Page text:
Happiness is a very slippery concept, not least of all because of its highly subjective nature. We all seem to be constantly searching for happiness. Yet moments of happiness, once attained, however intense they may be, are always transient. Philosophy has long since struggled with defining the essence of happiness. Two enduring philosophical traditions of interpreting happiness include hedonism, which equates it with pleasure seeking, and eudaimonia, which places emphasis on the life well lived.
Recently, psychology and neuroscience have joined forces in investigating brain states associated with happiness, thus seeking to unravel this elusive emotion. The scientific endeavours at deciphering happiness are motivated by the hope of generating knowledge which in the long run will enable us to effectively manage and thus maximise happiness. However, the basic premise enabling such research in the first place is that happiness and its correlates are measurable and quantifiable.
For the duration of one hundred days, from 31th August until 8th December 2013, I closely monitored and measured various elements of my health regime, my daily work habits, degree of fullfilment of meaningful tasks, as well as my subjective sense of well-being. The results of my data collecting were coded into colours and numbers, according to a system which allowed me to differentiate between "objectively" measurable parametres (such as healthy food intake, accomplishment of daily goals, etc) and more "subjective" ones (e.g. my subjective sense of well-being).
The installation comprises two colour grids, each of which reflects the hundred days of my self-monitoring through different colour values, and two black-and white grids, each of which translates my levels of "happiness" into images of my brain and numbers respectively.
The first grid represents a fusion of several data sets, translated into different colour values by using the RGB colour model. The red, green and blue components are related to the monitoring of my efficiency at fulfilling the envisioned tasks throughout the day, my ability to stick to the appropriate dietary choices, as well as to my fitness and cosmetic regimes. The second grid translates the subjective evaluation of my daily subjective feeling of well-being for the same period of the self-monitoring into a continuous colour scale ranging from yellow to red.
Whereas the first two grids reflect values related to self-control and eudaimonia, the third grid focuses on monitoring a subjective pattern of pleasure seeking. It refers to the same hundred days as the colour grids, only that it discloses moment at which I had a particular thought which caused a sense of intense pleasure. The moment I became aware of having this thought I wrote down the exact time of the day or night. I continued this practice for the whole period of hundred days.
The fourth black-and-white grid comprises one hundred structural sagittal slices of my brain generated as a resukt of my voluntary participation in a neuroscientific experiment. As opposed to the other three grids, which refer to a timeframe of one hundred days, the structural brain images were produced within minutes, while I was lying in a large MRI scanner. The focus of the experiment was to measure the extent of positive emotional reactions to a rewarding event, in this case, winning a game of chance.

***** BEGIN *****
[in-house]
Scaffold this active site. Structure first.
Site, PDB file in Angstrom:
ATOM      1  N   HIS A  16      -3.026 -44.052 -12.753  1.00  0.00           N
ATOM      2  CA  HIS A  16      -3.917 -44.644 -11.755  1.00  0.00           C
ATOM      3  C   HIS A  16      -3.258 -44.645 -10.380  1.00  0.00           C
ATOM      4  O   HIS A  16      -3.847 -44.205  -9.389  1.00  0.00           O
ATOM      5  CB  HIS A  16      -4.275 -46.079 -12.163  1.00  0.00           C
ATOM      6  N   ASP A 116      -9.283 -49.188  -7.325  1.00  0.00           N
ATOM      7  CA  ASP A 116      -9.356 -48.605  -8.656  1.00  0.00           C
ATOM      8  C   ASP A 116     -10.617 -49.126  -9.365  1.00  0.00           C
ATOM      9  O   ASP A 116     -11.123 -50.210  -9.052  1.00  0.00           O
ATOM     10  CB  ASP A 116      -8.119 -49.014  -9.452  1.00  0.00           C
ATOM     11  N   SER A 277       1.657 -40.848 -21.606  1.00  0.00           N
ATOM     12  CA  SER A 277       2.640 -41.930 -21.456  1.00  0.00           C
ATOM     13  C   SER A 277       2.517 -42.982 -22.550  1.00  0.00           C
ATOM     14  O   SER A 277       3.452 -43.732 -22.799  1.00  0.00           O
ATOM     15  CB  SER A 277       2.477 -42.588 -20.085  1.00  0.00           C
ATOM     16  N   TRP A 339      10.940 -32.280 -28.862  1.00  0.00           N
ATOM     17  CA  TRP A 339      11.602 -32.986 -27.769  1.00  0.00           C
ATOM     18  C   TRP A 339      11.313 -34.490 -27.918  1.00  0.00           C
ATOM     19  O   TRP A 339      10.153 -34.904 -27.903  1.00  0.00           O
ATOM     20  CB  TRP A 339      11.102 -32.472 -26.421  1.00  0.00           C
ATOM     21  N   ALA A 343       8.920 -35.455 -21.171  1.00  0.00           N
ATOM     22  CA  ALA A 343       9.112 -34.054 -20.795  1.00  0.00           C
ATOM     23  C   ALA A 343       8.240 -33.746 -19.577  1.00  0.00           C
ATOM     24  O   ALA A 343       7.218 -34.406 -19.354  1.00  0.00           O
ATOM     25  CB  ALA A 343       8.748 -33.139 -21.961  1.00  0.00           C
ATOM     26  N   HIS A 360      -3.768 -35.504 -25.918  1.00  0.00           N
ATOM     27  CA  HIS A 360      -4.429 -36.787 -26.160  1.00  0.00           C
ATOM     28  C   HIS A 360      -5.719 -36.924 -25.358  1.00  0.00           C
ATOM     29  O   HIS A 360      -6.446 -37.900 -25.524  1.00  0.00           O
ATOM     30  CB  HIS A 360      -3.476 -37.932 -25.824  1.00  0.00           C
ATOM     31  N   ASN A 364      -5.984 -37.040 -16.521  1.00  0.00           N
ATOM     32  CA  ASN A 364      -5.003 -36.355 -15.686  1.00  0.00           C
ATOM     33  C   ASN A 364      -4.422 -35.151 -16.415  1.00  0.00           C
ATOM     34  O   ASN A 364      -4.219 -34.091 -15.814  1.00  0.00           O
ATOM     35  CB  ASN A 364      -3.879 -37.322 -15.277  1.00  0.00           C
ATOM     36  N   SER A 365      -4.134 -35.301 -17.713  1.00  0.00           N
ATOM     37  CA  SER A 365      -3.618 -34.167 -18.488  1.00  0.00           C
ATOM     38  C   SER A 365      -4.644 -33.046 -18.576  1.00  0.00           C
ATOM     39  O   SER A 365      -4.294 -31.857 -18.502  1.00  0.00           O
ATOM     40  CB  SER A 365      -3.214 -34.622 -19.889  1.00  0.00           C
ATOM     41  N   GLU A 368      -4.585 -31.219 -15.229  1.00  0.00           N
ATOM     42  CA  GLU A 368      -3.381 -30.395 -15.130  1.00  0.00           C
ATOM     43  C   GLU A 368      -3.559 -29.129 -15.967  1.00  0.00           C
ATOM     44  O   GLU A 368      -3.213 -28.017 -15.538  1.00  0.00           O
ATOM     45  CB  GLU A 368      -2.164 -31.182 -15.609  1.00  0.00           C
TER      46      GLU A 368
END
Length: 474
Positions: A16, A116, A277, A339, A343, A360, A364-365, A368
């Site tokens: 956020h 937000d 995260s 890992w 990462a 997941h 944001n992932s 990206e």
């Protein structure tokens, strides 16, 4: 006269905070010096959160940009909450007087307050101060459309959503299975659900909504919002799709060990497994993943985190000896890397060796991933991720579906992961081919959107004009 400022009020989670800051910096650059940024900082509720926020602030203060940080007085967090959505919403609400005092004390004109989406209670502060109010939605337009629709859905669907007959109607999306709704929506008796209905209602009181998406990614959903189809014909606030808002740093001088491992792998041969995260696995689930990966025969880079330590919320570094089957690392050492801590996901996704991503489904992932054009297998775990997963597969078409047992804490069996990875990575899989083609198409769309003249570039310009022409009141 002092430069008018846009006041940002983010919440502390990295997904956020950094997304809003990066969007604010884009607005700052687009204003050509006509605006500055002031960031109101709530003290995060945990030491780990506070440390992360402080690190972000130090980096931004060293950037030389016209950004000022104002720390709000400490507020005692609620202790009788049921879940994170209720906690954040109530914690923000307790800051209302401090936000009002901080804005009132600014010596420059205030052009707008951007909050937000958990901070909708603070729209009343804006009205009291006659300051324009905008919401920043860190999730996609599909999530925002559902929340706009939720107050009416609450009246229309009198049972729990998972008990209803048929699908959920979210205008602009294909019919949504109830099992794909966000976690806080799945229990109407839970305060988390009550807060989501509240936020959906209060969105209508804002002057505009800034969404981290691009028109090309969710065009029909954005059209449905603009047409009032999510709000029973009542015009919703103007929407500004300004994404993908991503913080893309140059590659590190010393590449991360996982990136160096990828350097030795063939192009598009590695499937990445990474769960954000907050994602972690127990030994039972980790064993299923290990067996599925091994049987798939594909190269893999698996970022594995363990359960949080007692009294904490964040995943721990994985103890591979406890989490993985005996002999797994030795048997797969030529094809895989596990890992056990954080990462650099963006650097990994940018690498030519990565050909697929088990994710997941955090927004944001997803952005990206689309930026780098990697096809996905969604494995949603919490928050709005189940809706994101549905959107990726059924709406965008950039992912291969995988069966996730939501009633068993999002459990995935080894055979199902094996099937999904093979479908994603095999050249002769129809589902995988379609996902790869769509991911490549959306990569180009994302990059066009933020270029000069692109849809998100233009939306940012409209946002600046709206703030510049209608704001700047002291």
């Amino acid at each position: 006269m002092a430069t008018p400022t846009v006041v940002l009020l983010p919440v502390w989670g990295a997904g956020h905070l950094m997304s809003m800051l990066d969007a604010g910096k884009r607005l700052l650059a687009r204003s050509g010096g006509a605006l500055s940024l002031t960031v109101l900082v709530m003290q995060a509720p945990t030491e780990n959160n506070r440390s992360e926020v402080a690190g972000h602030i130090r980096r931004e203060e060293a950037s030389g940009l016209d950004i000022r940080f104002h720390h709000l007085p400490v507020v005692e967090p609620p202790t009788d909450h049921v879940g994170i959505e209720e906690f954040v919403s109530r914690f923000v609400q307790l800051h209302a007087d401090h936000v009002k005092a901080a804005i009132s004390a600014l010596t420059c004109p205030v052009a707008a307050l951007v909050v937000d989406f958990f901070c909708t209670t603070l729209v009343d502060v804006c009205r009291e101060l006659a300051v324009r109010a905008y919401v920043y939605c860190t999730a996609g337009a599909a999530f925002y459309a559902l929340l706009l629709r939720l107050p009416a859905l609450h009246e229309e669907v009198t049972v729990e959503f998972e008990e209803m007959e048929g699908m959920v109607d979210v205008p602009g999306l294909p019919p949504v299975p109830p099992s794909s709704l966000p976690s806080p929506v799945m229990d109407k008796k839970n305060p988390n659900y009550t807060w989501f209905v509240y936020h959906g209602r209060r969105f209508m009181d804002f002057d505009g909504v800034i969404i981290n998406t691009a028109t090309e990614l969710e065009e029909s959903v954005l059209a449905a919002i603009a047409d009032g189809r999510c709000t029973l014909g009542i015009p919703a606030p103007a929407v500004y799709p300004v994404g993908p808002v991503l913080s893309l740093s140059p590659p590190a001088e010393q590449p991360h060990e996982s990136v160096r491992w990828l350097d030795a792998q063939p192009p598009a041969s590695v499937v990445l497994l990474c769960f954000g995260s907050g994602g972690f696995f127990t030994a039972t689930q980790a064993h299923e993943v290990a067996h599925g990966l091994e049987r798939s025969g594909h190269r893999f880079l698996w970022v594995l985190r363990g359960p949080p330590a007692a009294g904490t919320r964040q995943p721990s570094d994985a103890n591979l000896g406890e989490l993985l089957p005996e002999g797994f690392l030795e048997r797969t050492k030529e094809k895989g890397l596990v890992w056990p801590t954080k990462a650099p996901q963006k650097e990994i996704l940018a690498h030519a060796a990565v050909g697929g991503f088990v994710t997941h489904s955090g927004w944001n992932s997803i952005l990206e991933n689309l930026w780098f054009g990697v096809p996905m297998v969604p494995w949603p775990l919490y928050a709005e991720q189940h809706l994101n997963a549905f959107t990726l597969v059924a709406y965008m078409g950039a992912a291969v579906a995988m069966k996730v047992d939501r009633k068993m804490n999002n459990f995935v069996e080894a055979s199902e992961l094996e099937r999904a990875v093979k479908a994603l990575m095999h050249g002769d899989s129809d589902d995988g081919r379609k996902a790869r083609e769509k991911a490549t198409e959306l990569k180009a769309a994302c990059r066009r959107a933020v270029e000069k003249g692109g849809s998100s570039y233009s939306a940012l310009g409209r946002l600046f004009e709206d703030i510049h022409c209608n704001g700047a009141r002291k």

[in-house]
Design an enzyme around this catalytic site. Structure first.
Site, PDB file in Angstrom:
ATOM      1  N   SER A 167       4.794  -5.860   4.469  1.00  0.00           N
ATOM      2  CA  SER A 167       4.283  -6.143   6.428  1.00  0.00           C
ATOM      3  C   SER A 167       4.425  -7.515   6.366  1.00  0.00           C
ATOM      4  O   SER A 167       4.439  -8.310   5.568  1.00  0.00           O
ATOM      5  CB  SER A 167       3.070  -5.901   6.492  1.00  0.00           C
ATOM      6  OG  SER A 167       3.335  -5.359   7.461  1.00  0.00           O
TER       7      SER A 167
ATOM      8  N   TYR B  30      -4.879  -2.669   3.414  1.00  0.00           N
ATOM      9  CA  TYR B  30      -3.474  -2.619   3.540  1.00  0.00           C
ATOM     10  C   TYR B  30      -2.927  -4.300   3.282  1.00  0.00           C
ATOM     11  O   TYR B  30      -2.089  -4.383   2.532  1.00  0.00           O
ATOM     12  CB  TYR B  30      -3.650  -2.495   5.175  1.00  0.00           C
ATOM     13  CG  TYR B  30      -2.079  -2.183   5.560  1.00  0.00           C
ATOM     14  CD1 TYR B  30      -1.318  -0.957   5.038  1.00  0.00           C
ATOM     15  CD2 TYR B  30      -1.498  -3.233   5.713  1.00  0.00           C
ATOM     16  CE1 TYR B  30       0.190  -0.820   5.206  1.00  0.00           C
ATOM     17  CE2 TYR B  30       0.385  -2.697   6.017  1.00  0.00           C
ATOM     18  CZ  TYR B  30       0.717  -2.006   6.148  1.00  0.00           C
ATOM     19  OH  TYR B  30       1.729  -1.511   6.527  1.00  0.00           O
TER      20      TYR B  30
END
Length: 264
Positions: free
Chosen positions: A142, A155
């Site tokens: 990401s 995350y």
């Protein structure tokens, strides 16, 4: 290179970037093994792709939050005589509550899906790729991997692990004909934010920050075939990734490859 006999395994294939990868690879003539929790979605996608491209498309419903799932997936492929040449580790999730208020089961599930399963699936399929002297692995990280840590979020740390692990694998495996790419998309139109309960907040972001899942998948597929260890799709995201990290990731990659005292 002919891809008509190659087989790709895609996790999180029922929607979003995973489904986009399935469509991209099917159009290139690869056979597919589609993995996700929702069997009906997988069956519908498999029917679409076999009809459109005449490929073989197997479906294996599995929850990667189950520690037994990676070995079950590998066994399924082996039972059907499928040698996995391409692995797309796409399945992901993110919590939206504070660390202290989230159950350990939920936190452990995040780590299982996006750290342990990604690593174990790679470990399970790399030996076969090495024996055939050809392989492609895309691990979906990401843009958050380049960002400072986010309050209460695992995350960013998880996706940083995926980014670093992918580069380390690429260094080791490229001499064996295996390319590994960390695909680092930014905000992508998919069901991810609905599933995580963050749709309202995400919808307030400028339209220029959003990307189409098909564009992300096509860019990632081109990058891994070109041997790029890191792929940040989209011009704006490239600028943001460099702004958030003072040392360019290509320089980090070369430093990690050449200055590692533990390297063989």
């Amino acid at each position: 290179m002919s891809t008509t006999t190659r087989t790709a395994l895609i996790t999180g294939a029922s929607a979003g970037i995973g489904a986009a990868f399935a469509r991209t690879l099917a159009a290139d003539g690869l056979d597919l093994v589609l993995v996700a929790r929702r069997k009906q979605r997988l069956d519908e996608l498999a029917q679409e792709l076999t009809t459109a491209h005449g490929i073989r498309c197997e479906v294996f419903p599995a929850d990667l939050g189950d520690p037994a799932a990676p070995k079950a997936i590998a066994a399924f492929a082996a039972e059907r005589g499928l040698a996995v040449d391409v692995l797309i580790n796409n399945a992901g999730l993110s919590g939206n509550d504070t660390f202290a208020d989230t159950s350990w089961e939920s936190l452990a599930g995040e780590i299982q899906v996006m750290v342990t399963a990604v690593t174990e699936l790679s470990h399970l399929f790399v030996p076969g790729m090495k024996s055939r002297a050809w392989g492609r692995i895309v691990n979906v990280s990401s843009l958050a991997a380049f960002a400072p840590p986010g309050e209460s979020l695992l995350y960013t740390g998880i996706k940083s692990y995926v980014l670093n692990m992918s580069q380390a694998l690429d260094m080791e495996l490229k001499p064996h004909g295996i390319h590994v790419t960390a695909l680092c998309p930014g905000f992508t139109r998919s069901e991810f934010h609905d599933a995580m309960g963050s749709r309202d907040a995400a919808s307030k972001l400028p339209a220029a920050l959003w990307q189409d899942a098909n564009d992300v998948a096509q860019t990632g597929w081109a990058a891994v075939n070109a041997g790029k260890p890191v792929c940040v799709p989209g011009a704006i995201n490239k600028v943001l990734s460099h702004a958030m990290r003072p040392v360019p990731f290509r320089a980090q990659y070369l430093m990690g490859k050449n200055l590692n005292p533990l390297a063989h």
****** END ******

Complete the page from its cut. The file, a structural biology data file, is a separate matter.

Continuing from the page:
Over the period of almost two hours I was playing a roulet game specifically designed for the experiment, while the scientist were indirectly measuring my brain activity. Following the application of highly complex multi-level data analysis, a visualization of my brain acivation when winning was generated. This image, which simultaneously shows highly abstracted features of my face and a view of my "open" brain, is the only individual image present in my installation.
Different media that I have implemented in order to code the results of the measuring processes - which range from colour charts, numbers and sagittal brain sections - reference different scientific approaches and models of investigating and gauging happiness. Yet, the final grids remain illegible, although they accurately represent the information gathered through measurement. By withholding the details of pertaining coding systems that were used in generating each grid, I invite the viewer to develop their own, highly subjective interpretations of my coded emotional states.
Emotional reactions ranging from euphoria to despair, at times difficult personal choices or exhilarating experiences, and more or less successful attempts at self-control are coded into highly abstract and aesthetically pleasing colour patterns, black-andwhite brain images or numbers respectively. Their full meaning, however, remains opaque, pointing to the high level of simplification and approximation inherent to any process of measuring our emotional states and translating them into manageable scientific data.
--- I am thankful to Dr Torsten Wuestenberg of the Charite, Berlin for allowing me to use visaul data stemming from his experiment for my work.